Adriene Hill: It seems like Starbucks is everywhere -- everywhere except India. But that's about to change.
From Mumbai, BBC correspondent Nidhi Dutt reports.
Nidhi Dutt: Starbucks says its first store will open in Delhi or Mumbai by September this year. Starbucks lags years behind other major American firms like McDonald's and Domino's Pizza that have already established a strong presence in India.
John Culver is the regional president of Starbucks. He says they may be late to India, but for his company, this is the right time.
John Culver: India is a country that we are not currently in that has one of the largest economies that the world has to offer and that is growing at an accelerated rate. We see that there is tremendous opportunity here, both in the short-term, but more importantly, in the long-term. We want to make the right investments that are going to enable us to build this business the right way.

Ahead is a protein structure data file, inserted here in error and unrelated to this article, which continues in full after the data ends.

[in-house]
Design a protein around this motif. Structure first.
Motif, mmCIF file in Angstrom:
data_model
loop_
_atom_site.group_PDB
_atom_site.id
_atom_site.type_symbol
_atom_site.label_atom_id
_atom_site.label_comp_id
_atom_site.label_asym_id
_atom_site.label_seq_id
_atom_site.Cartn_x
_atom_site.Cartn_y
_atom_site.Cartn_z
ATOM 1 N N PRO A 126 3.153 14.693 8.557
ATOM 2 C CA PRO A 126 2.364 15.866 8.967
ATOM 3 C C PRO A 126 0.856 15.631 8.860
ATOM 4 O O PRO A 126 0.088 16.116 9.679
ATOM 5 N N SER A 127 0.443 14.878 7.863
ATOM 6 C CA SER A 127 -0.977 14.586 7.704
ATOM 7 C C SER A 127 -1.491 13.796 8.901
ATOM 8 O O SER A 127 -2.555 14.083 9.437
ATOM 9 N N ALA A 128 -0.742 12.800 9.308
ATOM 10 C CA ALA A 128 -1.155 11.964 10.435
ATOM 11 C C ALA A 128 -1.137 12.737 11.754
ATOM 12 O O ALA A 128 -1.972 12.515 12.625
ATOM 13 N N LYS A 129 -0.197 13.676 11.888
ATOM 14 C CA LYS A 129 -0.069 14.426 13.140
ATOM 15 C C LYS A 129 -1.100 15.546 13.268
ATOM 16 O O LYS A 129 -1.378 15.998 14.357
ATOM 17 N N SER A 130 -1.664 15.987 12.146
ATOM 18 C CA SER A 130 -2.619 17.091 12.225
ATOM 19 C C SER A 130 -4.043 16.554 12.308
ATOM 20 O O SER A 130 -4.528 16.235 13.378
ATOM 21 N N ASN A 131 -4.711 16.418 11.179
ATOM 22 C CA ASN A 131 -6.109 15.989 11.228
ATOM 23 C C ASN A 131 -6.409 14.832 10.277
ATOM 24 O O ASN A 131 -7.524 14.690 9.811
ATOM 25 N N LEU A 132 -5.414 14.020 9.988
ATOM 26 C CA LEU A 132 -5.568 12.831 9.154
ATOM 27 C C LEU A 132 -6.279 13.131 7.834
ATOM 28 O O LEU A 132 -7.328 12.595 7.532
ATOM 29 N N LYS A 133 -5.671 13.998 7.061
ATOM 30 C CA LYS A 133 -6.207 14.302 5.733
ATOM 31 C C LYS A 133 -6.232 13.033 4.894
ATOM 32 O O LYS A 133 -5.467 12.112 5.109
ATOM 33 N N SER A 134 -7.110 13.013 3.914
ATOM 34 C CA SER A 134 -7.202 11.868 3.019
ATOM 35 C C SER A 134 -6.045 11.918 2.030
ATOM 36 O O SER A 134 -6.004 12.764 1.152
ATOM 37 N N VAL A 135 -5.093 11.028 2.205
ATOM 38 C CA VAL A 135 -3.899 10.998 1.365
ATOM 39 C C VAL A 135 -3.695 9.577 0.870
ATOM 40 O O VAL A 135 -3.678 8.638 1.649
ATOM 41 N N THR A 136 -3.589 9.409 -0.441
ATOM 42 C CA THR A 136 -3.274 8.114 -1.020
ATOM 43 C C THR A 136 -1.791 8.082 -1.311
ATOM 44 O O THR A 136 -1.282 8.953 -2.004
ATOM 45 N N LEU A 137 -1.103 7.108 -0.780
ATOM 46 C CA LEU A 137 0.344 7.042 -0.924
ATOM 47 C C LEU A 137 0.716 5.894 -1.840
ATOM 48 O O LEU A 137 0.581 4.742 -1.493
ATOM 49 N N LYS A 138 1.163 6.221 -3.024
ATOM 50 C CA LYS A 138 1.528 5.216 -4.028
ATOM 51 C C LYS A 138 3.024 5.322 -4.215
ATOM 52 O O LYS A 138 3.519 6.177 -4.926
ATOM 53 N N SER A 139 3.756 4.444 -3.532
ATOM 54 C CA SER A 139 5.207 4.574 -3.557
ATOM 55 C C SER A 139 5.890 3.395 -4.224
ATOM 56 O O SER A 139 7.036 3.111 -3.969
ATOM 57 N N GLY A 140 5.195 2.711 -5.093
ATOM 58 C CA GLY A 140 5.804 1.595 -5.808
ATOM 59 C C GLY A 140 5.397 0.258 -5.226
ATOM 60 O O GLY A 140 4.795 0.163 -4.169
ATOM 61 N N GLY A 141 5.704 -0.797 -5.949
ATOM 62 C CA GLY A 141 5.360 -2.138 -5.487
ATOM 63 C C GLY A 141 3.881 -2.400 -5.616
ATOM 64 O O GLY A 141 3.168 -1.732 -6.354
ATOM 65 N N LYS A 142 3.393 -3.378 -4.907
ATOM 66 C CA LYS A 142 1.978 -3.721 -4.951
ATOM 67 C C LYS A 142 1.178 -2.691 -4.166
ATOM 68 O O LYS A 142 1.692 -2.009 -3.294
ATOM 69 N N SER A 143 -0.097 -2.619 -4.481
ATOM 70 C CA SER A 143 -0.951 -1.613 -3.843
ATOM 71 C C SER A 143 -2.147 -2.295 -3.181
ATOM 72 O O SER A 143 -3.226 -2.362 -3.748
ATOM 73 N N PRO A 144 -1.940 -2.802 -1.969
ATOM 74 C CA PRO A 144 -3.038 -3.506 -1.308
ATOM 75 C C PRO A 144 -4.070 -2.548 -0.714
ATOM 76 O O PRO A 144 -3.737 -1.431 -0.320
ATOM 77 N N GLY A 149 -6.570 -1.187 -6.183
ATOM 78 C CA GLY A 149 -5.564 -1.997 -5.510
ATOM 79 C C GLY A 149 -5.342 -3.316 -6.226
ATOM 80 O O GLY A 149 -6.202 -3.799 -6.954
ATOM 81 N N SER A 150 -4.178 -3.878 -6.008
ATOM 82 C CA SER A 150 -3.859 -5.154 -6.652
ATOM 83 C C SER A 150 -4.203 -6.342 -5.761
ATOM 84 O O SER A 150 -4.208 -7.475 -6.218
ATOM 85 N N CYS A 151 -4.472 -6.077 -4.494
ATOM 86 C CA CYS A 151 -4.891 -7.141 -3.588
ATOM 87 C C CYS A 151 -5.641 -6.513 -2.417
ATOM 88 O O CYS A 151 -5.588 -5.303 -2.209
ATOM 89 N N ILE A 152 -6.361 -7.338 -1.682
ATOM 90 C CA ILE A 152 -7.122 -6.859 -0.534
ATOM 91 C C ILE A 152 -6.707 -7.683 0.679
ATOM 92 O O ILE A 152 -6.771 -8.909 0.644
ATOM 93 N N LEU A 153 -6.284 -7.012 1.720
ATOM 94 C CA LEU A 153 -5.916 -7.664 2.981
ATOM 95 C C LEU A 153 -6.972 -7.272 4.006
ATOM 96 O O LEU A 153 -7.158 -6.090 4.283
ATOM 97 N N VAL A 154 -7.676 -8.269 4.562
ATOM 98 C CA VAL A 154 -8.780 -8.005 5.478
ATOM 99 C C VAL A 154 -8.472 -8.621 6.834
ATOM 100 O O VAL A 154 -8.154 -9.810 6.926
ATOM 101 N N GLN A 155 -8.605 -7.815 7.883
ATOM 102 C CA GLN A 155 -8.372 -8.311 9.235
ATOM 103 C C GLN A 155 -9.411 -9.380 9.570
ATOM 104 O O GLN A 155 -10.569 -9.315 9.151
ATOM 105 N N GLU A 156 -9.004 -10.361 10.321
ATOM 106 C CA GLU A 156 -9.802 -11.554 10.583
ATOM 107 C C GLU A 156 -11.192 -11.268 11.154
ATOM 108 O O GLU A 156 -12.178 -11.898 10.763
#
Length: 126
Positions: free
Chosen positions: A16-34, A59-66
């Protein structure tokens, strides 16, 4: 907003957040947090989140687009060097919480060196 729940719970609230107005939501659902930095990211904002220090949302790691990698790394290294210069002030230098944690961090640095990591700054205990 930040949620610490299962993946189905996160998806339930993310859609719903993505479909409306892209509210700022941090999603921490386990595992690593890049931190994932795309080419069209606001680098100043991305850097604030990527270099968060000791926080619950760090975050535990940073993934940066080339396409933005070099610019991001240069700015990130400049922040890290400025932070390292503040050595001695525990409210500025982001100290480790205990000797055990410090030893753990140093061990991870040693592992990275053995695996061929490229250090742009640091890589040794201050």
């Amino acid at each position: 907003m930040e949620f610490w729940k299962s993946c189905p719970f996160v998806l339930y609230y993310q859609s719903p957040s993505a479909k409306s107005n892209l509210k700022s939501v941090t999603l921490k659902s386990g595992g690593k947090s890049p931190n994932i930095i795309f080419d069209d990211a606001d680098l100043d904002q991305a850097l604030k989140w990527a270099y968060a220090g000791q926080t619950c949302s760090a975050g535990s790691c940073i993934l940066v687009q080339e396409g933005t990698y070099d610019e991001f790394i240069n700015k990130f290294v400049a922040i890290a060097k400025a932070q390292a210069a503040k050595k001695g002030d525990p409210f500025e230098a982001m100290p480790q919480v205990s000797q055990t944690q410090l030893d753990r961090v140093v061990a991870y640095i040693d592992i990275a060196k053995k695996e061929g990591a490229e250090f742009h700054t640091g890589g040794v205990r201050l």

But Starbucks isn't navigating India's coffee market alone -- it's teaming up with Indian firm Tata Global Beverages in a joint venture. India's middle class has more money to spend than ever before. With bigger disposable incomes many millions of people are consuming more branded food and beverage items, particularly from international chains.
Sales in India's organized coffee market are estimated to be worth $140 million. And it's the growing purchasing power of brand-conscious Indians that Starbucks is looking to tap in to.
I'm the BBC's Nidhi Dutt for Marketplace.
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